London 1964 - lives in London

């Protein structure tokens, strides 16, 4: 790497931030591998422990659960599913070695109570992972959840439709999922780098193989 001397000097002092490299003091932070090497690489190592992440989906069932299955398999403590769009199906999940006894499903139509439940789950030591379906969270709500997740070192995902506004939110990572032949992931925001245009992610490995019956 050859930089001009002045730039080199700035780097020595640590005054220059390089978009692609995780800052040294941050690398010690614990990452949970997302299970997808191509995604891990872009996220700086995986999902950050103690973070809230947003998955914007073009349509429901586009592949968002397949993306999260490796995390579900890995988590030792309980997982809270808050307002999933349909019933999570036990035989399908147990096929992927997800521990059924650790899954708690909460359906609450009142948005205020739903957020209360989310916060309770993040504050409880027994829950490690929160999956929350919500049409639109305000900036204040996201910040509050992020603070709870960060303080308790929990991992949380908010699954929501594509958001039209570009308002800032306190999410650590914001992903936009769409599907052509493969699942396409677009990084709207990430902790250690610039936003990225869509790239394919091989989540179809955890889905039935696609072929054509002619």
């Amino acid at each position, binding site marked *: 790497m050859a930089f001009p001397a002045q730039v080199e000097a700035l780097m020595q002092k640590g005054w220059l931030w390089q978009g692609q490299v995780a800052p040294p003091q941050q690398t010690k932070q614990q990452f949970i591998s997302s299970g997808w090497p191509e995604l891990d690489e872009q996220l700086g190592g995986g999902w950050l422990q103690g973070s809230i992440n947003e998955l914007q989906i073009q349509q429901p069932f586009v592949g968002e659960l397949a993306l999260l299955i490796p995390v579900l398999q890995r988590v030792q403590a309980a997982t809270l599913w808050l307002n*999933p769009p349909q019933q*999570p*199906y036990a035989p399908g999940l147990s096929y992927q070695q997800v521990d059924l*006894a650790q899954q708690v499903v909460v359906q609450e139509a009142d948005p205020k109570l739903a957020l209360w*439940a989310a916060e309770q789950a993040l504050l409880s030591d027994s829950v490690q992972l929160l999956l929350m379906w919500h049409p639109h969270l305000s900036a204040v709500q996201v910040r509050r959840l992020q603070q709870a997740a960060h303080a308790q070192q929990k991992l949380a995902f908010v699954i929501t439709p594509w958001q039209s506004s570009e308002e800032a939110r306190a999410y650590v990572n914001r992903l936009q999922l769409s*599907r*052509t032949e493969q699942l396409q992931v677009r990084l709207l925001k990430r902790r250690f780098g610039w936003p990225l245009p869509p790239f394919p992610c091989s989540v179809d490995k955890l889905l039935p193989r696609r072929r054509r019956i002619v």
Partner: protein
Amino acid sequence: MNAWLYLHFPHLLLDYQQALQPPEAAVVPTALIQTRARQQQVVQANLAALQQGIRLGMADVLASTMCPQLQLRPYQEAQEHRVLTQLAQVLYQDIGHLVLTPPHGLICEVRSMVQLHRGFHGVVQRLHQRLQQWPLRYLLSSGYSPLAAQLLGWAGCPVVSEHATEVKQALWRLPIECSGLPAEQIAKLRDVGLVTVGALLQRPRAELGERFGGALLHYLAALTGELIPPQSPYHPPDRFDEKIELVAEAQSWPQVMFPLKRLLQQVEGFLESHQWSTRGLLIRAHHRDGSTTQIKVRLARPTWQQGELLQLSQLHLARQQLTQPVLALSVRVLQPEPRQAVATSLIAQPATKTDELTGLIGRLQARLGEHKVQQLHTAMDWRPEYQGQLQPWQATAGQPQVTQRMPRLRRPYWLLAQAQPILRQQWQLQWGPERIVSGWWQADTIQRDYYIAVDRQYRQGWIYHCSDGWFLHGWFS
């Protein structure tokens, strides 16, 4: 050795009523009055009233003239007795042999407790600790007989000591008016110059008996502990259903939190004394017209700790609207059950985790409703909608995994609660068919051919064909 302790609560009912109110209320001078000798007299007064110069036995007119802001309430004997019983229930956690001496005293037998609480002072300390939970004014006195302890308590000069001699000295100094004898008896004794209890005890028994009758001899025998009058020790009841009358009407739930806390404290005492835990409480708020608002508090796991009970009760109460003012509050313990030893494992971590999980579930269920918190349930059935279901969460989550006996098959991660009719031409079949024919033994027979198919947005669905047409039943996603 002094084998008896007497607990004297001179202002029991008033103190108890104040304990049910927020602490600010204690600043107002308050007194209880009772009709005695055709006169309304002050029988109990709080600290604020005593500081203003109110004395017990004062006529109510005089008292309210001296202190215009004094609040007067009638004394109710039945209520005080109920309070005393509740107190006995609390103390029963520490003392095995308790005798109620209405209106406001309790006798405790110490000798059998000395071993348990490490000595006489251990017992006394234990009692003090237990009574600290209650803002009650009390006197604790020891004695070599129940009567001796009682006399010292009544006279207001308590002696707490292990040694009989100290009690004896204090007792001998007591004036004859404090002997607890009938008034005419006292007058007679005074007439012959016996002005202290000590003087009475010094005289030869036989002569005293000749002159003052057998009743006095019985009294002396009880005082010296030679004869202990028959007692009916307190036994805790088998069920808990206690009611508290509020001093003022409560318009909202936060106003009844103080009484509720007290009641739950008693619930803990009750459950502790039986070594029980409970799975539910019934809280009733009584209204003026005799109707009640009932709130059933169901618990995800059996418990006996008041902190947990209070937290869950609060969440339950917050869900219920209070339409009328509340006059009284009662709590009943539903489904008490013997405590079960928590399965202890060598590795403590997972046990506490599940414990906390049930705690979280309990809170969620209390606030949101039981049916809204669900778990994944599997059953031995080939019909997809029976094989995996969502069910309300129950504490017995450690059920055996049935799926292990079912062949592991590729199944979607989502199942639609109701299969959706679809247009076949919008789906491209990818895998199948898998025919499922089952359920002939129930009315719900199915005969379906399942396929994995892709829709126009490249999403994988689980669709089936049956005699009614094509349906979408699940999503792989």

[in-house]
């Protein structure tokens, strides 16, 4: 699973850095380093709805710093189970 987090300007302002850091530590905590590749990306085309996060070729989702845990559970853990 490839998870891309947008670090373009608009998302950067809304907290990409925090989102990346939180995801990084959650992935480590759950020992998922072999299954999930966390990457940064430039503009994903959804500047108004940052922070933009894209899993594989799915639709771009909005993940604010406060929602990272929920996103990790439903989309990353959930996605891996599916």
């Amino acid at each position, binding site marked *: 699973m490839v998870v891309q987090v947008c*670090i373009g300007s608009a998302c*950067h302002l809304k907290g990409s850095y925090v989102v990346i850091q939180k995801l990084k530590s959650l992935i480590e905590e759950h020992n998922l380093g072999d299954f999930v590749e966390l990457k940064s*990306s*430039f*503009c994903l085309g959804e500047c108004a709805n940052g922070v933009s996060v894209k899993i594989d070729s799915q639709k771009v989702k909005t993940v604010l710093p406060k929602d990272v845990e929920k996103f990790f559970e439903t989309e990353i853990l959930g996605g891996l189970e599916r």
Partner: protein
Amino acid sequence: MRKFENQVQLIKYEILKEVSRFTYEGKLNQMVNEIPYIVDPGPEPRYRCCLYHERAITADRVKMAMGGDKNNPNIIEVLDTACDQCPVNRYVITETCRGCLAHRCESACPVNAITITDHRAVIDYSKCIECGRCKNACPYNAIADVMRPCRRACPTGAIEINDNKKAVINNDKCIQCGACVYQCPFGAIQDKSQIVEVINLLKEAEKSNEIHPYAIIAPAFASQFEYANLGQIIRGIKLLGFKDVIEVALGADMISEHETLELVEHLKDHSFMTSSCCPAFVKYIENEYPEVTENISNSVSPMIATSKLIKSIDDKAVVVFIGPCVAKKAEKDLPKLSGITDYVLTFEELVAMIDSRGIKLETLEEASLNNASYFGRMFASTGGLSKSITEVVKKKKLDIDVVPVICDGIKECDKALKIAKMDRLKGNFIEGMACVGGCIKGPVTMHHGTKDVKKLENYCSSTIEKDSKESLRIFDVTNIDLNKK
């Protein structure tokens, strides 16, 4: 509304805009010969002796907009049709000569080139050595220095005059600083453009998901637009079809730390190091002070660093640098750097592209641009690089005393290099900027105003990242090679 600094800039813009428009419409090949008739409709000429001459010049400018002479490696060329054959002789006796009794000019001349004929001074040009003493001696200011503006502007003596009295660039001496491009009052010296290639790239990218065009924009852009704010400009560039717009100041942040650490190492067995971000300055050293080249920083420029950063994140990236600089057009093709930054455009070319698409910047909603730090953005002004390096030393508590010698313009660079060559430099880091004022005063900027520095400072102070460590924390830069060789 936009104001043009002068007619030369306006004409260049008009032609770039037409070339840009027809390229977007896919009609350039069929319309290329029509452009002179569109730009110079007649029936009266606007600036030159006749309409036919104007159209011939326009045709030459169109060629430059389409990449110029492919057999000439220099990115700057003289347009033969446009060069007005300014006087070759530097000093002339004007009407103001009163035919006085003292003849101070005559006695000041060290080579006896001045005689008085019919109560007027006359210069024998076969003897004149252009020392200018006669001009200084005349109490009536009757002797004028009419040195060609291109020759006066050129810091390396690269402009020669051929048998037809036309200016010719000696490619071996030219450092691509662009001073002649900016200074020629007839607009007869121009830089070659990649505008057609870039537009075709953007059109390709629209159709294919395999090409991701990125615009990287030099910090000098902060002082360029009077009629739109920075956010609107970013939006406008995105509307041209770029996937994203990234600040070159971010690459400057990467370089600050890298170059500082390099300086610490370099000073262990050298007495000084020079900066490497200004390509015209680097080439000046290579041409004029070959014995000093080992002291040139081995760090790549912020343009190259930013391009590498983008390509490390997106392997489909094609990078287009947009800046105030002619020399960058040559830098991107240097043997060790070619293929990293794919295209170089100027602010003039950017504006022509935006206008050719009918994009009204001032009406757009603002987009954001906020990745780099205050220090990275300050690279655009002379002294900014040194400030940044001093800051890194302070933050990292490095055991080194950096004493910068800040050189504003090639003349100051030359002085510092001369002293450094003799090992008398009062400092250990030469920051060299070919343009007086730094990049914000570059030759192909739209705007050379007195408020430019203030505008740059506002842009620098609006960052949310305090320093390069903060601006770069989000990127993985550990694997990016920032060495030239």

Together with Damian Hirst, Tracey Emin and others, Marc Quinn belongs to the loose group of Young British Artists, whose work first became internationally known through the exhibition 'Sensation' of Charles Saatchi's Collection in 1997. Quinn's oeuvre is heterogeneous, encompassing sculptures, installations, and paintings and he uses material ranging from the traditional, such as bronze, glass and marble, to the unusual, such as lead, ice, bread, blood, and even DNA. But his theme is a constant: the beauty of life and simultaneously the reflection on it's transience. The work that brought him the first public attention was 'Self' (1991), a frozen cast of the artist's head made from his own blood. In the year 2000, he created a key work, a frozen garden. In a large, refrigerated glass display case, he preserved exotic plants by freezing them in silicone oil: the perfect illusion of a garden lacking a decisive quality: the ability to grow. From this frozen garden, Quinn developed his famous flower paintings, combining flowers and fruit which do not grow together in nature, thus pointing out the intervention of science by genetic engineering and cloning. As early 1995, Tate Gallery in London presented a solo exhibition of Mark Quinn's works. Further solo exhibitions followed at: Tate Liverpool (2002); Irish Museum of Modern Art, Dublin (2004): Groninger Museum, Groningen and MACRO, Rome (2006), DHC/Art Foundation, Montreal (2007); Fondation Beyeler, Basel and British Museum, London (2009). Quinn was represented at the Venice Biennale in 2003.